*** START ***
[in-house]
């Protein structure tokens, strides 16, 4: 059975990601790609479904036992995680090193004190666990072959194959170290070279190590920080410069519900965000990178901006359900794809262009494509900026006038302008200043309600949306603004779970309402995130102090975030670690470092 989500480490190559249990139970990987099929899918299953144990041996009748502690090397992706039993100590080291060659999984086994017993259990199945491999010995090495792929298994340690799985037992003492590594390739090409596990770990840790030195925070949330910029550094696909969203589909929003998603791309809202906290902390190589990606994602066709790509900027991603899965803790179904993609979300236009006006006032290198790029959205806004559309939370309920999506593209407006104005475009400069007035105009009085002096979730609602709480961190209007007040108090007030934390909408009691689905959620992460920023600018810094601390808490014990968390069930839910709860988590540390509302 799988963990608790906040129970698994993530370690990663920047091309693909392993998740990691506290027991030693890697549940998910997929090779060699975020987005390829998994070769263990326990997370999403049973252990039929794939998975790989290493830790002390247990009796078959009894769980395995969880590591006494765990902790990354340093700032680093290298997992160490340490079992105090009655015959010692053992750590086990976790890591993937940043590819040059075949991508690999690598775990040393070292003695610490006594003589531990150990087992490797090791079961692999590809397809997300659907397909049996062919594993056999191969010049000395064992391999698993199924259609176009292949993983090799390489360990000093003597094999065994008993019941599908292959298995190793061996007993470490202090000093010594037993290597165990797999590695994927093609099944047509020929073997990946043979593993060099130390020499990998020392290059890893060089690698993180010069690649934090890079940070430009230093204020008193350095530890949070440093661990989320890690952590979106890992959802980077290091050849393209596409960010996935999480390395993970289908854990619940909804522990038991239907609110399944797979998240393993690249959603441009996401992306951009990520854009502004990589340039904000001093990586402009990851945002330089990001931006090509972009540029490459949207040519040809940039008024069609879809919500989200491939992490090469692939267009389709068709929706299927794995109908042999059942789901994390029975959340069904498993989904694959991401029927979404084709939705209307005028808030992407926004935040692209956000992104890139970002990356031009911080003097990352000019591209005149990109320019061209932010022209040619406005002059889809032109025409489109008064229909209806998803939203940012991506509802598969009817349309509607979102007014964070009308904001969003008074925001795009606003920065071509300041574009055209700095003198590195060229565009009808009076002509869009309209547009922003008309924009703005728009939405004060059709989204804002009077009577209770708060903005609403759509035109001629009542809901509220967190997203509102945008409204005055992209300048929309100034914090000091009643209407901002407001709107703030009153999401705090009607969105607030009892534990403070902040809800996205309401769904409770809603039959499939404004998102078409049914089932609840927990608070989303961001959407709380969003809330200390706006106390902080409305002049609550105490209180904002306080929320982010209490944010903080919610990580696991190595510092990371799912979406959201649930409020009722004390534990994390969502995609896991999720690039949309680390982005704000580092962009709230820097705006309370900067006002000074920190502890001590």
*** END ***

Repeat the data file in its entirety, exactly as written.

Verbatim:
[in-house]
């Protein structure tokens, strides 16, 4: 059975990601790609479904036992995680090193004190666990072959194959170290070279190590920080410069519900965000990178901006359900794809262009494509900026006038302008200043309600949306603004779970309402995130102090975030670690470092 989500480490190559249990139970990987099929899918299953144990041996009748502690090397992706039993100590080291060659999984086994017993259990199945491999010995090495792929298994340690799985037992003492590594390739090409596990770990840790030195925070949330910029550094696909969203589909929003998603791309809202906290902390190589990606994602066709790509900027991603899965803790179904993609979300236009006006006032290198790029959205806004559309939370309920999506593209407006104005475009400069007035105009009085002096979730609602709480961190209007007040108090007030934390909408009691689905959620992460920023600018810094601390808490014990968390069930839910709860988590540390509302 799988963990608790906040129970698994993530370690990663920047091309693909392993998740990691506290027991030693890697549940998910997929090779060699975020987005390829998994070769263990326990997370999403049973252990039929794939998975790989290493830790002390247990009796078959009894769980395995969880590591006494765990902790990354340093700032680093290298997992160490340490079992105090009655015959010692053992750590086990976790890591993937940043590819040059075949991508690999690598775990040393070292003695610490006594003589531990150990087992490797090791079961692999590809397809997300659907397909049996062919594993056999191969010049000395064992391999698993199924259609176009292949993983090799390489360990000093003597094999065994008993019941599908292959298995190793061996007993470490202090000093010594037993290597165990797999590695994927093609099944047509020929073997990946043979593993060099130390020499990998020392290059890893060089690698993180010069690649934090890079940070430009230093204020008193350095530890949070440093661990989320890690952590979106890992959802980077290091050849393209596409960010996935999480390395993970289908854990619940909804522990038991239907609110399944797979998240393993690249959603441009996401992306951009990520854009502004990589340039904000001093990586402009990851945002330089990001931006090509972009540029490459949207040519040809940039008024069609879809919500989200491939992490090469692939267009389709068709929706299927794995109908042999059942789901994390029975959340069904498993989904694959991401029927979404084709939705209307005028808030992407926004935040692209956000992104890139970002990356031009911080003097990352000019591209005149990109320019061209932010022209040619406005002059889809032109025409489109008064229909209806998803939203940012991506509802598969009817349309509607979102007014964070009308904001969003008074925001795009606003920065071509300041574009055209700095003198590195060229565009009808009076002509869009309209547009922003008309924009703005728009939405004060059709989204804002009077009577209770708060903005609403759509035109001629009542809901509220967190997203509102945008409204005055992209300048929309100034914090000091009643209407901002407001709107703030009153999401705090009607969105607030009892534990403070902040809800996205309401769904409770809603039959499939404004998102078409049914089932609840927990608070989303961001959407709380969003809330200390706006106390902080409305002049609550105490209180904002306080929320982010209490944010903080919610990580696991190595510092990371799912979406959201649930409020009722004390534990994390969502995609896991999720690039949309680390982005704000580092962009709230820097705006309370900067006002000074920190502890001590």